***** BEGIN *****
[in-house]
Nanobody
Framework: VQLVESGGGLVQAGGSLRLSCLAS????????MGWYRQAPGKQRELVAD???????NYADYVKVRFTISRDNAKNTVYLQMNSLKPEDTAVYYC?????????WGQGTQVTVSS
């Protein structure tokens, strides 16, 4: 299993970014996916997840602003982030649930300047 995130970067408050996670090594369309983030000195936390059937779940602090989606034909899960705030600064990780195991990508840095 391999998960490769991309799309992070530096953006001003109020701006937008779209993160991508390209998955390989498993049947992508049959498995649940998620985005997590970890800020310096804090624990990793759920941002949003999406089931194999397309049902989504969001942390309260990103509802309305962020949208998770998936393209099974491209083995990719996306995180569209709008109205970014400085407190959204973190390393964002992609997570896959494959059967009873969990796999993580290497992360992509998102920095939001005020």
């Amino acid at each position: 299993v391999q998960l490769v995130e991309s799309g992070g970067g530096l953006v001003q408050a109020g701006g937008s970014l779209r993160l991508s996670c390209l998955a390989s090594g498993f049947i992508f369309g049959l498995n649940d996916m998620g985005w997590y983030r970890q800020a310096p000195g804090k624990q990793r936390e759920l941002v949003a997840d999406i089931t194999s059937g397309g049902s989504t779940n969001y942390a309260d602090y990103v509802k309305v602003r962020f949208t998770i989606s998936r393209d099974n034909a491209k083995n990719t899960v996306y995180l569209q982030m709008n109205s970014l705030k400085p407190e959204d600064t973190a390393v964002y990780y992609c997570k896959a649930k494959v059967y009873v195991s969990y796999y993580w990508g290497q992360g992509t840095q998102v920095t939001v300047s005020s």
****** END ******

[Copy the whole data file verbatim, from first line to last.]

[in-house]
Nanobody
Framework: VQLVESGGGLVQAGGSLRLSCLAS????????MGWYRQAPGKQRELVAD???????NYADYVKVRFTISRDNAKNTVYLQMNSLKPEDTAVYYC?????????WGQGTQVTVSS
């Protein structure tokens, strides 16, 4: 299993970014996916997840602003982030649930300047 995130970067408050996670090594369309983030000195936390059937779940602090989606034909899960705030600064990780195991990508840095 391999998960490769991309799309992070530096953006001003109020701006937008779209993160991508390209998955390989498993049947992508049959498995649940998620985005997590970890800020310096804090624990990793759920941002949003999406089931194999397309049902989504969001942390309260990103509802309305962020949208998770998936393209099974491209083995990719996306995180569209709008109205970014400085407190959204973190390393964002992609997570896959494959059967009873969990796999993580290497992360992509998102920095939001005020």
């Amino acid at each position: 299993v391999q998960l490769v995130e991309s799309g992070g970067g530096l953006v001003q408050a109020g701006g937008s970014l779209r993160l991508s996670c390209l998955a390989s090594g498993f049947i992508f369309g049959l498995n649940d996916m998620g985005w997590y983030r970890q800020a310096p000195g804090k624990q990793r936390e759920l941002v949003a997840d999406i089931t194999s059937g397309g049902s989504t779940n969001y942390a309260d602090y990103v509802k309305v602003r962020f949208t998770i989606s998936r393209d099974n034909a491209k083995n990719t899960v996306y995180l569209q982030m709008n109205s970014l705030k400085p407190e959204d600064t973190a390393v964002y990780y992609c997570k896959a649930k494959v059967y009873v195991s969990y796999y993580w990508g290497q992360g992509t840095q998102v920095t939001v300047s005020s």